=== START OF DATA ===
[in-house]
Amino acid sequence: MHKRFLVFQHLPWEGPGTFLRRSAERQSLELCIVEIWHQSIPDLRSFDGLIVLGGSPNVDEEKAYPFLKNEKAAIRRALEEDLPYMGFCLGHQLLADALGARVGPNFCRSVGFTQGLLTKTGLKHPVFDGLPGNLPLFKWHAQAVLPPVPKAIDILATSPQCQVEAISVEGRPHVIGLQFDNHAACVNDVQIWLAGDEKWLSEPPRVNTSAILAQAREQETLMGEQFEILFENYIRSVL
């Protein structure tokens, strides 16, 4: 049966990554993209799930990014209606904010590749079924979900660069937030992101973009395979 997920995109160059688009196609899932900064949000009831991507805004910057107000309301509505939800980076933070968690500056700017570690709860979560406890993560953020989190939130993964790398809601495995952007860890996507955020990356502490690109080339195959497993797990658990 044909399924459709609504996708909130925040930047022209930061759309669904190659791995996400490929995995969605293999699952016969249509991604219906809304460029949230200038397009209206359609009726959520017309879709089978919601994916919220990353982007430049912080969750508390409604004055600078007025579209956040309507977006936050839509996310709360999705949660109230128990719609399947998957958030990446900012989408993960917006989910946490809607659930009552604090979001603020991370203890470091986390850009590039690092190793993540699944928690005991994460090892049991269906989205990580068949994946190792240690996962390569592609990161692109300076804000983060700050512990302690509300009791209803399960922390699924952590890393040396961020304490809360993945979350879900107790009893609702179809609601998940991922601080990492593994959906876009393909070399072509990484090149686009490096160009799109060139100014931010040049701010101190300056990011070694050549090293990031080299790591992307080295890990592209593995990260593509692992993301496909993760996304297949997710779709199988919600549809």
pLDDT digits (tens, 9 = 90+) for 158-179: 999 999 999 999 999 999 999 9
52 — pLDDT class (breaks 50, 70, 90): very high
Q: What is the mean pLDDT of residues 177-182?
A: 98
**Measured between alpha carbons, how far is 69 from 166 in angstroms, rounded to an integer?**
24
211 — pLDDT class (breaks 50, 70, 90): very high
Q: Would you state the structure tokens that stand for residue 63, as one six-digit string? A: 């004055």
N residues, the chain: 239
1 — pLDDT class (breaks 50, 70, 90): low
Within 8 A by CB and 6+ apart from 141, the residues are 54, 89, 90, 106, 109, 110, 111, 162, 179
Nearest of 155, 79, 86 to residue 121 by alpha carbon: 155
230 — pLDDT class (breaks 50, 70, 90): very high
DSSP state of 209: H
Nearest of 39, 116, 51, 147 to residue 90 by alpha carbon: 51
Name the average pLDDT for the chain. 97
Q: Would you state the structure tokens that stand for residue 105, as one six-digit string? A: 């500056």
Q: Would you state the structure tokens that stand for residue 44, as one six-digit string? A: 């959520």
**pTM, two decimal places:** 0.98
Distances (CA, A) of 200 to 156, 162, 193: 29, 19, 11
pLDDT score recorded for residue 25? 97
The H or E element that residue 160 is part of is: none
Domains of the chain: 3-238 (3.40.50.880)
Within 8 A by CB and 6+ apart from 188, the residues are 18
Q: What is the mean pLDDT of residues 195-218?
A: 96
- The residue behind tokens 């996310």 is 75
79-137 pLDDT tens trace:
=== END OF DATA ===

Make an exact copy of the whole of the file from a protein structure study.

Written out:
[in-house]
Amino acid sequence: MHKRFLVFQHLPWEGPGTFLRRSAERQSLELCIVEIWHQSIPDLRSFDGLIVLGGSPNVDEEKAYPFLKNEKAAIRRALEEDLPYMGFCLGHQLLADALGARVGPNFCRSVGFTQGLLTKTGLKHPVFDGLPGNLPLFKWHAQAVLPPVPKAIDILATSPQCQVEAISVEGRPHVIGLQFDNHAACVNDVQIWLAGDEKWLSEPPRVNTSAILAQAREQETLMGEQFEILFENYIRSVL
């Protein structure tokens, strides 16, 4: 049966990554993209799930990014209606904010590749079924979900660069937030992101973009395979 997920995109160059688009196609899932900064949000009831991507805004910057107000309301509505939800980076933070968690500056700017570690709860979560406890993560953020989190939130993964790398809601495995952007860890996507955020990356502490690109080339195959497993797990658990 044909399924459709609504996708909130925040930047022209930061759309669904190659791995996400490929995995969605293999699952016969249509991604219906809304460029949230200038397009209206359609009726959520017309879709089978919601994916919220990353982007430049912080969750508390409604004055600078007025579209956040309507977006936050839509996310709360999705949660109230128990719609399947998957958030990446900012989408993960917006989910946490809607659930009552604090979001603020991370203890470091986390850009590039690092190793993540699944928690005991994460090892049991269906989205990580068949994946190792240690996962390569592609990161692109300076804000983060700050512990302690509300009791209803399960922390699924952590890393040396961020304490809360993945979350879900107790009893609702179809609601998940991922601080990492593994959906876009393909070399072509990484090149686009490096160009799109060139100014931010040049701010101190300056990011070694050549090293990031080299790591992307080295890990592209593995990260593509692992993301496909993760996304297949997710779709199988919600549809």
pLDDT digits (tens, 9 = 90+) for 158-179: 999 999 999 999 999 999 999 9
52 — pLDDT class (breaks 50, 70, 90): very high
Q: What is the mean pLDDT of residues 177-182?
A: 98
**Measured between alpha carbons, how far is 69 from 166 in angstroms, rounded to an integer?**
24
211 — pLDDT class (breaks 50, 70, 90): very high
Q: Would you state the structure tokens that stand for residue 63, as one six-digit string? A: 């004055």
N residues, the chain: 239
1 — pLDDT class (breaks 50, 70, 90): low
Within 8 A by CB and 6+ apart from 141, the residues are 54, 89, 90, 106, 109, 110, 111, 162, 179
Nearest of 155, 79, 86 to residue 121 by alpha carbon: 155
230 — pLDDT class (breaks 50, 70, 90): very high
DSSP state of 209: H
Nearest of 39, 116, 51, 147 to residue 90 by alpha carbon: 51
Name the average pLDDT for the chain. 97
Q: Would you state the structure tokens that stand for residue 105, as one six-digit string? A: 């500056």
Q: Would you state the structure tokens that stand for residue 44, as one six-digit string? A: 């959520």
**pTM, two decimal places:** 0.98
Distances (CA, A) of 200 to 156, 162, 193: 29, 19, 11
pLDDT score recorded for residue 25? 97
The H or E element that residue 160 is part of is: none
Domains of the chain: 3-238 (3.40.50.880)
Within 8 A by CB and 6+ apart from 188, the residues are 18
Q: What is the mean pLDDT of residues 195-218?
A: 96
- The residue behind tokens 């996310």 is 75
79-137 pLDDT tens trace: